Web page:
The irony of the project is that many of the highway engineers on the consultant team and in the state DOT pushed back against this and much of the rest of our design direction to make a “road that heals.” Once the project was completed and is now celebrated as “The People’s Way” they were quick to claim credit for holistic design they pushed so hard against implementing. It is now held up as a model for highway redesign.
    I plan on sending this blog post to the mayors office and to SDOT and urge others to do the same. With the 35th AV NE fiasco and the car centric improvements to Sand Point Way currently under design, I hope this post gives the current city administration some much-needed perspective and vision as they implement improvements that we will have to live with for the next 25 years.
    It’s not easy but it can be done.

  10. asdf2 says:

    Great writing!

    Some other street designs that should be outright banned:

    1) Double right-turn lanes, which force cyclists to lane-change left in heavy traffic in order to continue straight. (https://goo.gl/maps/nV1EkRJSZFCtpBMUA)
    2) Traffic signals with a crosswalk on only one side of the street (https://goo.gl/maps/e61e3daBnv72hScq5)
    3) “Don’t walk; use crosswalk =>” signs (https://goo.gl/maps/e61e3daBnv72hScq5). If there’s enough people that want to cross the street to justify putting in the “don’t cross” sign, just put in a crosswalk, instead.
    4) Traffic signals that allow only cars to cross the street, not pedestrians: https://goo.gl/maps/iCQjWVcss6m55jYS8
    5) Unnecessarily wide turns encouraging people to go around the corner to fast: https://goo.gl/maps/89xqMQZwmCjXFKmV7

  11. O Zupnik says:

    SDOT can’t publish a car master plan because it wants to ban cars as much as you do. It creates gridlock on purpose.

    You’re not getting those bike lanes because SDOT and FAS mismanage the design process, staffing, and contracting. And breaks state and federal rules that drag out or lead to cancelled projects.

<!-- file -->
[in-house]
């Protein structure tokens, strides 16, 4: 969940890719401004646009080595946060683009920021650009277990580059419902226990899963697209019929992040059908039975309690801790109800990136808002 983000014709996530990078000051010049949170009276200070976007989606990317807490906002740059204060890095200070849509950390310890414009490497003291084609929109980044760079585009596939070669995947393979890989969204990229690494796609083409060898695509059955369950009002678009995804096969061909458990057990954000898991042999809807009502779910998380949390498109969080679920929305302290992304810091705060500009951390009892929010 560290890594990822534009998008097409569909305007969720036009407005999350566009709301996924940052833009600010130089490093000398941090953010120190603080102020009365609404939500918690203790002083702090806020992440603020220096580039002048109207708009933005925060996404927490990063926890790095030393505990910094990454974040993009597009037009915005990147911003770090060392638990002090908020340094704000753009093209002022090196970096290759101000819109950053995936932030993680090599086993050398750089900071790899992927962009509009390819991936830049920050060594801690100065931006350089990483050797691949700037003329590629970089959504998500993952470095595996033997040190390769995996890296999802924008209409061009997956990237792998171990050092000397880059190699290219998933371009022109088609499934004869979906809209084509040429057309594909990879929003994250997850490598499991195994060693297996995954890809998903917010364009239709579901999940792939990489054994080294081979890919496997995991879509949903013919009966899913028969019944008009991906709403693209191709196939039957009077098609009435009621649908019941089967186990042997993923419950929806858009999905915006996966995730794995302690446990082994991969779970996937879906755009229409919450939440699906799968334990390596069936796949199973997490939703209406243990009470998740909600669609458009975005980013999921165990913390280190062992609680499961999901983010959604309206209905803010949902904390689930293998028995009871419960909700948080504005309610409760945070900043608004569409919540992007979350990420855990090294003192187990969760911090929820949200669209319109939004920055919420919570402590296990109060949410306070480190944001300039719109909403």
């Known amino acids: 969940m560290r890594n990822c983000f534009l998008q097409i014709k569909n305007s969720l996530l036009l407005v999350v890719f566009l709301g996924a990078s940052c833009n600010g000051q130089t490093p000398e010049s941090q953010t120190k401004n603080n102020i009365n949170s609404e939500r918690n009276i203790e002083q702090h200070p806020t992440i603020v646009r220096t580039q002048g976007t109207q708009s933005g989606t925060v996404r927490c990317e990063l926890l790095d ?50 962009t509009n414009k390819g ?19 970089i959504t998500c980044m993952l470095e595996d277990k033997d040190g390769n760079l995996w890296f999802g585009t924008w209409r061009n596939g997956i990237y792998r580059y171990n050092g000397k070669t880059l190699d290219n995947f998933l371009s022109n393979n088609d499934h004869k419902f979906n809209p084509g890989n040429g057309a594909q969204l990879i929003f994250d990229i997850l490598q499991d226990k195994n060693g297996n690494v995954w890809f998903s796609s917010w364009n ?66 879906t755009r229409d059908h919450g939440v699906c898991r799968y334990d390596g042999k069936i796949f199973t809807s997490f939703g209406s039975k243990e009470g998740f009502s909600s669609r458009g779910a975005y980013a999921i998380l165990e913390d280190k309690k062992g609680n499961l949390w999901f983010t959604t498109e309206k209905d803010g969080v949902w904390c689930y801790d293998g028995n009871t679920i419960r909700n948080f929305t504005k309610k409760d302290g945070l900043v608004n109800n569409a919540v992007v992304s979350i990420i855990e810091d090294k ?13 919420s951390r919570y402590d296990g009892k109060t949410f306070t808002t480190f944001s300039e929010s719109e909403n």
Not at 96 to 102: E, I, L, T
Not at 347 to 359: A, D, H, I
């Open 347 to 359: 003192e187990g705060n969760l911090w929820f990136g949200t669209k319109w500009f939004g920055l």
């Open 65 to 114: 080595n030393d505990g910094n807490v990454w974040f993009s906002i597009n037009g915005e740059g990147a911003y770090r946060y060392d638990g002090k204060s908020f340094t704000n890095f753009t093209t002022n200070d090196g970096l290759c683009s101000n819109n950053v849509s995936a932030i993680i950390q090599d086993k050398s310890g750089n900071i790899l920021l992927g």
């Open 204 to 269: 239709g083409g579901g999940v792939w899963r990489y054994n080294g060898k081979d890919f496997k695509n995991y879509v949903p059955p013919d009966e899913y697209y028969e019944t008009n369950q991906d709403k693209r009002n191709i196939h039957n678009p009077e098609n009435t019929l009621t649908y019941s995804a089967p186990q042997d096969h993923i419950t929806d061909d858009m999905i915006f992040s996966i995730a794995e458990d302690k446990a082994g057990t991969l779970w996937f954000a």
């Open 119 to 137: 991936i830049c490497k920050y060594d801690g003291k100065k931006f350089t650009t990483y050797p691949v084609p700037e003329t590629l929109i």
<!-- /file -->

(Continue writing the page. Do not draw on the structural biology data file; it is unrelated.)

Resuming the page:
What you should be asking for is an independent procurement, financial, and resources audit not done by the politically compromised, under paid, under specialized and high-turnover State Auditors Office. SDOT is beyond the pail when it comes to wrongdoing and bad intentions.

    • Drew says:

      The idea that SDOT is working to abolish cars is the big myth out there. SDOT operates within often unspoken constraints that need to be made clear: the truth is that every transit project, every bike project, every pedestrian project first and foremost needs to pass a bar of minimizing impacts or improving traffic operations and, to a slightly lesser extent, the same can be said for on-street parking.

      Traffic modelling and bending over backwards to make every multi-modal project a win-win for traffic operations is a huge drain on the “bike project” budgets, “transit project” budgets and the “pedestrian project” budgets even though these efforts are primarily geared toward benefiting cars. To make matters worse, outrageous outreach budgets like what we saw play out on NE 35th hit the “bike” budget despite no bike infrastructure ever seeing the light of day.

      I love that Tom focused on 50th because that is the type of road we should be having debates about. Instead, 50th is basically off limits for any safety improvements. Meanwhile, Sand Point Way’s “vision zero” project appears to be backtracking on the original concept to put in a road diet between NE 65th and NE 77th, despite the fact that there are only 16,000 cars per day. In that situation, the corridor concept study even showed that a road diet would improve operations, but evidently the safer, better design for traffic operations hurt some drivers feelings, I guess.

      As Tom rightly points out, the default on all arterial streets is to allow the heaviest traffic flow and fastest vehicle speeds possible. If we are going to say that traffic capacity on 50th is more important than safety, at a bare minimum SDOT needs to say so explicitly so our city is making informed decisions. Right now this decision is made by default without any public scrutiny and somehow the myth that SDOT is working to abolish cars persists.

  12. Kirk says:

    FFS, we need a Transportation Master Plan. Cars, Bikes, Pedestrians, Transit, Freight. It all needs to work together.

  13. Clark in Vancouver says:

    Without a plan stating what the goal is to direct them in a certain direction, the status quo will continue to prevail.
    Getting them to state out in the open what they’re about and what their goals are would probably expose their true intentions or they’d lie and pay lip service and then continue on normally but then you could catch them on it.
    What’s needed is political change. Next election, ask each candidate how they would vote on specific motions. Check their track record in their careers to see if it’s likely they would stick to it.